[a] general, retaining or possessory lien, and a special, particular, or charging lien. The former attaches to all papers, books, documents, securities, and money coming into an attorney's possession in the course of his professional employment. The attorney has a right to retain them in his possession until the general balance due for legal services is paid, whether such services grew out of the special matters then in his hands, or other legal matters. The right to the special, particular, or charging lien, on the other hand, rests, not on possession, but on the equity of an attorney to be paid his fees and disbursements out of the judgment obtained as a result of his skill and service. . . . There is a clear distinction between the two classes of liens. It is said that a failure to distinguish between them has led to confusion, not to say conflict, in the decisions.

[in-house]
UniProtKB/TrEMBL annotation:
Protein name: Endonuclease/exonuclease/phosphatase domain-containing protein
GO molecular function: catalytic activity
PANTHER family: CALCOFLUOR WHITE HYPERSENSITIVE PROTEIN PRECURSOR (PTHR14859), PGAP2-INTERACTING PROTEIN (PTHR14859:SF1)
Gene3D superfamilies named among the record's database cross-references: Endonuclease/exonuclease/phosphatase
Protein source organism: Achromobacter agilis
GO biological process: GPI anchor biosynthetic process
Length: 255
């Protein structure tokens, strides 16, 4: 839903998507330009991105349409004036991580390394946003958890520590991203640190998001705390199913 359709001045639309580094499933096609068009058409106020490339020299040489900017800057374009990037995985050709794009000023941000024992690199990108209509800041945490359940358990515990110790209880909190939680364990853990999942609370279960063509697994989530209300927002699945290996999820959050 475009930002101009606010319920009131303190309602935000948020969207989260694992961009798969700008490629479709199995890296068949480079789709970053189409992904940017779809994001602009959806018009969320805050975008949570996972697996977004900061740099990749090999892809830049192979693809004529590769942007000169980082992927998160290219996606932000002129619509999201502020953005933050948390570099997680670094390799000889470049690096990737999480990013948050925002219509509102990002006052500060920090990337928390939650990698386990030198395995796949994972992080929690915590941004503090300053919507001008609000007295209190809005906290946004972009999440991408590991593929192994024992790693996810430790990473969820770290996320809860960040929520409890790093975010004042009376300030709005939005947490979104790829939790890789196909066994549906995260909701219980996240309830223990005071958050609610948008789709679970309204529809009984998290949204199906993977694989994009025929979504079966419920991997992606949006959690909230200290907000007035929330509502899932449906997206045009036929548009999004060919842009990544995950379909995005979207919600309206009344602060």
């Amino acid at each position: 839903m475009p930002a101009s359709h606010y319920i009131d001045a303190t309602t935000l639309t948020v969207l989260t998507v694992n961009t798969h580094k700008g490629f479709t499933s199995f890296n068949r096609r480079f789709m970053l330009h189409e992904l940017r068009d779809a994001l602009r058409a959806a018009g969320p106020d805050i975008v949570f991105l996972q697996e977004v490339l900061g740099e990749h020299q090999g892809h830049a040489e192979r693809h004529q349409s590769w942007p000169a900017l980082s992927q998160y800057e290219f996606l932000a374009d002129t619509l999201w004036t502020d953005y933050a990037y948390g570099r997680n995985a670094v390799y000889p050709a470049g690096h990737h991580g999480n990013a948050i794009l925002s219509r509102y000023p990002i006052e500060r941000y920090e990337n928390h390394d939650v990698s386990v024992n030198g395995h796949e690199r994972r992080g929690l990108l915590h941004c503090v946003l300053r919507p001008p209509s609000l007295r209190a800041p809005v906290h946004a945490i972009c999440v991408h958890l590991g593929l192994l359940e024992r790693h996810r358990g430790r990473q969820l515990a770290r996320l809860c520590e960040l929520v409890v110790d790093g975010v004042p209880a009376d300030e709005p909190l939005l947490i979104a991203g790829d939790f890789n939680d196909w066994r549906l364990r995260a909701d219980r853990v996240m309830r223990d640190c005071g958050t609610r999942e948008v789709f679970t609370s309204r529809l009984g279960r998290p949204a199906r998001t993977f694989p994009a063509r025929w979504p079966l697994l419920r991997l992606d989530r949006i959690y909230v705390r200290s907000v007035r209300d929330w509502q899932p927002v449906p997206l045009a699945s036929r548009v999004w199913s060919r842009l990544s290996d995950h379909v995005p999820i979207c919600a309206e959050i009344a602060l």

Collins v. Thuringer, 92 Colo. 433, 21 P.2d 709, 710 (1933). Although the Colorado statutes preserve the two classes of attorney's liens recognized at common law, the classes are not cleanly divided between Sections 119 and 120; as discussed below, elements of each class of liens can be found in both statutes. As the Colorado Supreme Court observed in classic understatement, "[t]he provisions concerning the two classes of liens are not so clearly separated as might be desired . . . ." Collins, 21 P.2d at 710. Although the language of the statutes, of course, should not be ignored, a clear grasp of the differences, uses, and limitations of the two classes of liens is more readily obtained from the case law interpreting them.

Retaining Liens